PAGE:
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A substantial body of evidence shows that inhaled corticosteroids (ICSs) reduce the risk of exacerbations by 10–20% beyond that achieved by inhaled long-acting β2-adrenergic agonist (LABA) and also reduce progression of lung function loss, improving health-related quality of life.1 However, drawbacks of ICSs in chronic obstructive pulmonary disease (COPD) (increased risk of pneumonia, osteoporosis, hyperglycaemia in patients with diabetes, cataracts, skin bruising and glaucoma) are the reason why all COPD guidelines recommend ICSs only for patients with severe impairment and high risk of exacerbations.1 Nonetheless, ICSs are still overprescribed worldwide.2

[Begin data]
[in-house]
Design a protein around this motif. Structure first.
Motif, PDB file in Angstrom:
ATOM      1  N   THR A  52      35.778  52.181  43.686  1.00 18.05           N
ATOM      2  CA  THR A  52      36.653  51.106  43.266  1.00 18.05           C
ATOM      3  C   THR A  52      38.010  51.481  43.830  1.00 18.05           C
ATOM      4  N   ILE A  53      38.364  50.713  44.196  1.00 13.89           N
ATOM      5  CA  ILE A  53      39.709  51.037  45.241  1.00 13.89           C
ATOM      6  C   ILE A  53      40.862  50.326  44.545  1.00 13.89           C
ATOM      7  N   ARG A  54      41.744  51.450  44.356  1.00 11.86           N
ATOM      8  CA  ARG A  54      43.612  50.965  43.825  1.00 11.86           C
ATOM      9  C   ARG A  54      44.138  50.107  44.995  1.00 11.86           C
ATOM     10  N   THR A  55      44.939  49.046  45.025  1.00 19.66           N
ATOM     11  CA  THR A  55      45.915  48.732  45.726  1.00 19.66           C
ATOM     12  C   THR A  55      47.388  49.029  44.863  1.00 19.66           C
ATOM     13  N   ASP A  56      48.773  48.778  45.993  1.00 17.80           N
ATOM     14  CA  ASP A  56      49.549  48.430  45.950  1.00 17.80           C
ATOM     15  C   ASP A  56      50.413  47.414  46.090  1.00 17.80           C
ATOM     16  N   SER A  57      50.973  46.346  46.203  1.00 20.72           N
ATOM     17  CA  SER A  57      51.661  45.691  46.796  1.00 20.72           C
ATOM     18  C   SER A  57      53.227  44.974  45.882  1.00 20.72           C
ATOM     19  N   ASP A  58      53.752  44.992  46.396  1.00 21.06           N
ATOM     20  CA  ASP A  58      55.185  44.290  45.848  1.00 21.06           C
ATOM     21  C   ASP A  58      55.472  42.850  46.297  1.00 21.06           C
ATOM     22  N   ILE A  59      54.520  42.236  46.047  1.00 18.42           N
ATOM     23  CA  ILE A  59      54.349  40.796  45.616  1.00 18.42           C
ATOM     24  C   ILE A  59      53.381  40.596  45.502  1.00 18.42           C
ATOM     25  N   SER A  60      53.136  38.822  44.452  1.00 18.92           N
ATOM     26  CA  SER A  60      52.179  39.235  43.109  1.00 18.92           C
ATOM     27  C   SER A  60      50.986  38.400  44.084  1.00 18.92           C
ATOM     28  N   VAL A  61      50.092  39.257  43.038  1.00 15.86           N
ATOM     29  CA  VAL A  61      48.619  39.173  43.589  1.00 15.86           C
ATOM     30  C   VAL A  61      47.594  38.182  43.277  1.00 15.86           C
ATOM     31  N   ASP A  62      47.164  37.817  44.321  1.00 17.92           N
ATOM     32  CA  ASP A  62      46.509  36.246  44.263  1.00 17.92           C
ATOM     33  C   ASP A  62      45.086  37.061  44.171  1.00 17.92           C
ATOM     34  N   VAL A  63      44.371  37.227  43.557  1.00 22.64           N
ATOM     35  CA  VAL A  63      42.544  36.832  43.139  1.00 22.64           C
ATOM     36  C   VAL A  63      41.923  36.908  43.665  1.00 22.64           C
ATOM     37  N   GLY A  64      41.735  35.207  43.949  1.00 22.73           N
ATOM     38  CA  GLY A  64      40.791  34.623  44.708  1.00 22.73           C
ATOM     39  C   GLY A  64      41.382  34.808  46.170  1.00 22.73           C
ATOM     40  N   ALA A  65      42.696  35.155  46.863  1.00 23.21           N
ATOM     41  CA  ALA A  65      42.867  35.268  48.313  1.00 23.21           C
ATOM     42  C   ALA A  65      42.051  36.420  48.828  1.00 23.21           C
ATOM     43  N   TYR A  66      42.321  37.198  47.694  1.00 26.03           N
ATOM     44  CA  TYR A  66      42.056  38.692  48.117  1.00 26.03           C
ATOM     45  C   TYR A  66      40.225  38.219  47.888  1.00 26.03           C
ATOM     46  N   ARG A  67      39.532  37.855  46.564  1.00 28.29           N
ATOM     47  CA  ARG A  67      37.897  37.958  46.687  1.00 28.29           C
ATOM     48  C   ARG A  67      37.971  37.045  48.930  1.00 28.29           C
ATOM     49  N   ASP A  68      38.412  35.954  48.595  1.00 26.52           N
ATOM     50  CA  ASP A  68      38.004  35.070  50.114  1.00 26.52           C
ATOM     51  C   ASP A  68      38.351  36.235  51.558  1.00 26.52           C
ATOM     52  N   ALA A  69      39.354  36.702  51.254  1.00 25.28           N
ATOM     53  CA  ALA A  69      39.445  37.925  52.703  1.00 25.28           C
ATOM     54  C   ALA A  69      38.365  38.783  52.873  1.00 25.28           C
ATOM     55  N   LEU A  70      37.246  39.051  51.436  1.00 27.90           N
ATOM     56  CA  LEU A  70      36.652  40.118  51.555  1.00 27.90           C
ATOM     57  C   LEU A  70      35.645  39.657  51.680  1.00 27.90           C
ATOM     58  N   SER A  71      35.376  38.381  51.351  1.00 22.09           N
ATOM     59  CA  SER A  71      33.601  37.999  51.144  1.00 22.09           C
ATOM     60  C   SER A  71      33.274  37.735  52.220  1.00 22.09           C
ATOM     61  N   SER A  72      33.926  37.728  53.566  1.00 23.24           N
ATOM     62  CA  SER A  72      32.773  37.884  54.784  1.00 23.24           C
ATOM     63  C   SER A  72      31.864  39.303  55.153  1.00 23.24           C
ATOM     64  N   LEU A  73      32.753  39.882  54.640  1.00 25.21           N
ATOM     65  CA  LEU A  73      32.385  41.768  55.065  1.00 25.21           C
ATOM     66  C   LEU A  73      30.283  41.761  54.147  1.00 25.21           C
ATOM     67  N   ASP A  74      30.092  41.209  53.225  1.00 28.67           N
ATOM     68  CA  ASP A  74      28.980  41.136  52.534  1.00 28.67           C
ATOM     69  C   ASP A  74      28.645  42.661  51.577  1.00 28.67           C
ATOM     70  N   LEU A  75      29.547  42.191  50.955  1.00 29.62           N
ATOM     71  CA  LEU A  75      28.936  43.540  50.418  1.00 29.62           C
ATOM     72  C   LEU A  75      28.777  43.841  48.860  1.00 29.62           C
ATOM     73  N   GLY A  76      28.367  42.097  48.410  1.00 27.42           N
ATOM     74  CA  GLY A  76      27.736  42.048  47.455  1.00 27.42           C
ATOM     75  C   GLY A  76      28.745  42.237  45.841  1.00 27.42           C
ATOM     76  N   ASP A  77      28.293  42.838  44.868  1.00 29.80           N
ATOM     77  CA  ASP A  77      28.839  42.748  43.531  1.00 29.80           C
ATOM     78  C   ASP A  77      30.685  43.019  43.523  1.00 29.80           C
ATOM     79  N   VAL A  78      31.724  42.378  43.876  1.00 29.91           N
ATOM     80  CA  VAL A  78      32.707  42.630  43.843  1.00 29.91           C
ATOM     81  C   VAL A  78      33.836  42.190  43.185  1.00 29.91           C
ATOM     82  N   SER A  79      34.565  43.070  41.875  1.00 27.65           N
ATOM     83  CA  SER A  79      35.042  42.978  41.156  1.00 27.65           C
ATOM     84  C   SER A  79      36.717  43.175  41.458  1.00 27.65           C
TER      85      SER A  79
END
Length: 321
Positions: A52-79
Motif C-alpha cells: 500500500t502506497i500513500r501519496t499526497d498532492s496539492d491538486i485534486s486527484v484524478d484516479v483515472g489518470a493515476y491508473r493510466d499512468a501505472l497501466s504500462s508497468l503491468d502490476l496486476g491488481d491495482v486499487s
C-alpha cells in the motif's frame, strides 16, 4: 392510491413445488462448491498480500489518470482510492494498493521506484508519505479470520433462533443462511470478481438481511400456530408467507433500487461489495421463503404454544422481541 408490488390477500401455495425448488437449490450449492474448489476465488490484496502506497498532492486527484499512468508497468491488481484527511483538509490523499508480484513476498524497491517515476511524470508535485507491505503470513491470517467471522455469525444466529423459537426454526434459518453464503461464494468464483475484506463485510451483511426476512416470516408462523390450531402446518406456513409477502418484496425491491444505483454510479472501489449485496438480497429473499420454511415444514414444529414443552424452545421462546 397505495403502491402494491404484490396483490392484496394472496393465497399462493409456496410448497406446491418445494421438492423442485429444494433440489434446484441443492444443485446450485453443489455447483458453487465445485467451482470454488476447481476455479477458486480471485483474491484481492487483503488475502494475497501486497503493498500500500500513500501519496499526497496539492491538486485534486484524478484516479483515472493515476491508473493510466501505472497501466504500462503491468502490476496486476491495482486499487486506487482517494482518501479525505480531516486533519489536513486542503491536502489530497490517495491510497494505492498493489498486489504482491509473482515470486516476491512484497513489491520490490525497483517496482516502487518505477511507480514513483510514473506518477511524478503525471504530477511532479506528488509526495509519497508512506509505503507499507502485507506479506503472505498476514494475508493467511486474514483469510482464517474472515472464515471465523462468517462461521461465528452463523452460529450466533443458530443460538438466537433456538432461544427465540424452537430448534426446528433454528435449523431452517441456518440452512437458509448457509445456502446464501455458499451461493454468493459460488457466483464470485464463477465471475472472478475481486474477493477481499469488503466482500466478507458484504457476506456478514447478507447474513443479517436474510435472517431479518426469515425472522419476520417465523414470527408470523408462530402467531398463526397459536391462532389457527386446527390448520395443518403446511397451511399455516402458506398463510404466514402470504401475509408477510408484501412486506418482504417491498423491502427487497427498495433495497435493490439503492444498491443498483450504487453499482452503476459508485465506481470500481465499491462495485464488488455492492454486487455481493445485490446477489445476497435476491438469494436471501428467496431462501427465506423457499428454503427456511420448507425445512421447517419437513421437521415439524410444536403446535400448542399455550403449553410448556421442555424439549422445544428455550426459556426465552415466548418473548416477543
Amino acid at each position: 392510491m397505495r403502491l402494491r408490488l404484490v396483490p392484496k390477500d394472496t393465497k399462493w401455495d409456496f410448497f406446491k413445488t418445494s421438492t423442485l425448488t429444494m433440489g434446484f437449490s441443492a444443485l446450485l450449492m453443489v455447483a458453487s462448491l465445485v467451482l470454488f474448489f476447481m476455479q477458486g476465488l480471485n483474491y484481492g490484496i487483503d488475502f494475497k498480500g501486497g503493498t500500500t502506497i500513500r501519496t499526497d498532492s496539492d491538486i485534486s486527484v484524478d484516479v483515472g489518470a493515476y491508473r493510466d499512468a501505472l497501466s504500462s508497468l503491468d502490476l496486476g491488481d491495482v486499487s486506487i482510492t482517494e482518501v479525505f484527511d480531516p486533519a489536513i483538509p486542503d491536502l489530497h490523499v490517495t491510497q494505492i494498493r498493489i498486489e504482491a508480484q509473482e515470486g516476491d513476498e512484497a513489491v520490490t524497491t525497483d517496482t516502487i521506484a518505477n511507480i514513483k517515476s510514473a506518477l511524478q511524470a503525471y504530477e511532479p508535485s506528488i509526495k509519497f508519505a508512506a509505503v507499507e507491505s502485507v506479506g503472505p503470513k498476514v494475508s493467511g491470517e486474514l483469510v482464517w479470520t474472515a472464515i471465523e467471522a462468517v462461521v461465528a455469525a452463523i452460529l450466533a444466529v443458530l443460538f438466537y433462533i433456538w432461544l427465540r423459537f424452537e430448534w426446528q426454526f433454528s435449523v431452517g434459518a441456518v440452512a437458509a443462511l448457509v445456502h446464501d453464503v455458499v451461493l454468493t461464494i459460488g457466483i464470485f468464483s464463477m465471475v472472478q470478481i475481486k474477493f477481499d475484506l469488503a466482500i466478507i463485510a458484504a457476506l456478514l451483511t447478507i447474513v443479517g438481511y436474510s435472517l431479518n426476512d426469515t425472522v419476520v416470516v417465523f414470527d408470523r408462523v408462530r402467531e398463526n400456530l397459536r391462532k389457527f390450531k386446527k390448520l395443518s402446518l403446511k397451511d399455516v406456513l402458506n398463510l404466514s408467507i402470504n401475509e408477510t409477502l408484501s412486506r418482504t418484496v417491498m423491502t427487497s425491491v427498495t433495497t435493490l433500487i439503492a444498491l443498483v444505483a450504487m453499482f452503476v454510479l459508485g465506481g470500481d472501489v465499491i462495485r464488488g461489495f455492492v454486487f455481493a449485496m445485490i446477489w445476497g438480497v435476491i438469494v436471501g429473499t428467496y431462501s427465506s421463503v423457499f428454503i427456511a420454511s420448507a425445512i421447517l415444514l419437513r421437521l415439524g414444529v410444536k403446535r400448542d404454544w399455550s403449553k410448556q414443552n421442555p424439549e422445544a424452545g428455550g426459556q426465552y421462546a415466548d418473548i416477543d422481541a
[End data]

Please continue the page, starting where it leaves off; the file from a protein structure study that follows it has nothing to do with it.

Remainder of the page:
A randomised, double-blind, double dummy, non-inferiority trial lasting 52 weeks enrolled 3362 patients suffering from COPD with …
Competing interests MC is a consultant and a member of the Speaker Bureau at Novartis.
Provenance and peer review Commissioned; internally peer reviewed.